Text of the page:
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Hyperlocal Q&A with Allison Sparling

Allison Sparling is one of 12 bloggers who'll be telling her neighbourhood's stories on Hyperlocal - Canada Writes' interactive story map, launching April 3rd. Allison lives in on the border of Halifax's North and West End.
Tell us about yourself. 
My name is Allison Sparling. I’m 22 years old and in my final year of Public Relations at Mount Saint Vincent University. I love my neighbourhood so much that when my boyfriend and I were looking for an apartment of our own we moved across the street! 

This is our third year in the area and we still find sections of streets we haven’t walked down. I like to make a game out of finding new areas, which is formally called psychogeography, but I can’t take myself seriously when I use the term. I’m the awkward kind of stubborn that polite people call spirited and where I live is the perfect place to connect me with political happenings, family-friendly streets, and grilled cheese sandwiches, all of which have important places in my life. 

 
Tell us about your neighbourhood.  
Our apartment is perched on the border of the North and the West End in Halifax, an area anchored by the Halifax Forum, a brick hockey rink and bingo hall that occasionally hosts cat shows. Our street doesn’t have enough beautiful street art and other flourishes to fit into the gentrifying North but isn’t traditional enough for the established West. 

I love the energy of my best-of-both worlds community. More and more restaurants and shops are popping up so real districts are emerging instead of just disjointed businesses. I’m changing from a student to a professional and my area keeps up with me; I’m never more than five minutes away from a grocery store, a basketball court, or a burger. 

More students are coming in and living in buildings that were once old pool halls. It feels as if my street is growing up and coming into its own. 

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What are some of your favourite neighbourhood destinations?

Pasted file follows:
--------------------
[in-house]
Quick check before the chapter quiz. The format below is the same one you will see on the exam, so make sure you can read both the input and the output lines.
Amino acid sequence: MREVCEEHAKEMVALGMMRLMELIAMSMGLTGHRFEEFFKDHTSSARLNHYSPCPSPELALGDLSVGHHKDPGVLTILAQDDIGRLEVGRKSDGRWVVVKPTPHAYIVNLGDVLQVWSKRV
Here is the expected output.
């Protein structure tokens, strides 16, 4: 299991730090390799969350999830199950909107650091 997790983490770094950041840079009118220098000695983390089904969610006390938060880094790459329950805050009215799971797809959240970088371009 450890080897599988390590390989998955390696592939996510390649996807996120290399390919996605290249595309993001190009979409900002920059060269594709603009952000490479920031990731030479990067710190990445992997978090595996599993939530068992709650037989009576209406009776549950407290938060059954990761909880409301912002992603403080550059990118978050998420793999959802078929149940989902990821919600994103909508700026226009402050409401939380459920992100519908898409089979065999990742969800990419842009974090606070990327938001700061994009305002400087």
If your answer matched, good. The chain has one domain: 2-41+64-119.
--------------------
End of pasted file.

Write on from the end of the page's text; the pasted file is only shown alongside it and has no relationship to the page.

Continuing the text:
The smell of local foodie haven Brooklyn Warehouse wafts in my window every morning. From gourmet foie gras to the infamous burgers that spawned a little restaurant (Ace), Brooklyn Warehouse has brought downtown atmosphere into the neighbourhood. 

Although we have several basketball courts nearby, I like it when my boyfriend Luke shoots hoops at Ardmore Park because there’s a grassy area for me to do yoga and go running.
 
How is your neighbourhood changing? 
The North End is gentrifying in every sense of the word and it’s changing the West End in subtle ways as well. I think one of the best ways to determine what’s going on in a neighbourhood is by noticing the everyday things that people buy there. Recently, the grocery stores have started to stock many more South Asian foods, because there is a real demand for these products now. The stores also hold Student days and Senior days at the same time; three years ago I was one of three people under 60 in the store. Now sometimes I have to fight for the last tray of sushi. 

Allison Sparling is 22 years old and in her final year of Public Relations at Mount Saint Vincent University. She is passionate about women in politics and recently created a nonpartisan walk to connect women with local politicians. Sparling writes the popular blog Always Something and has been living on the border of Halifax's North and West End for three years.




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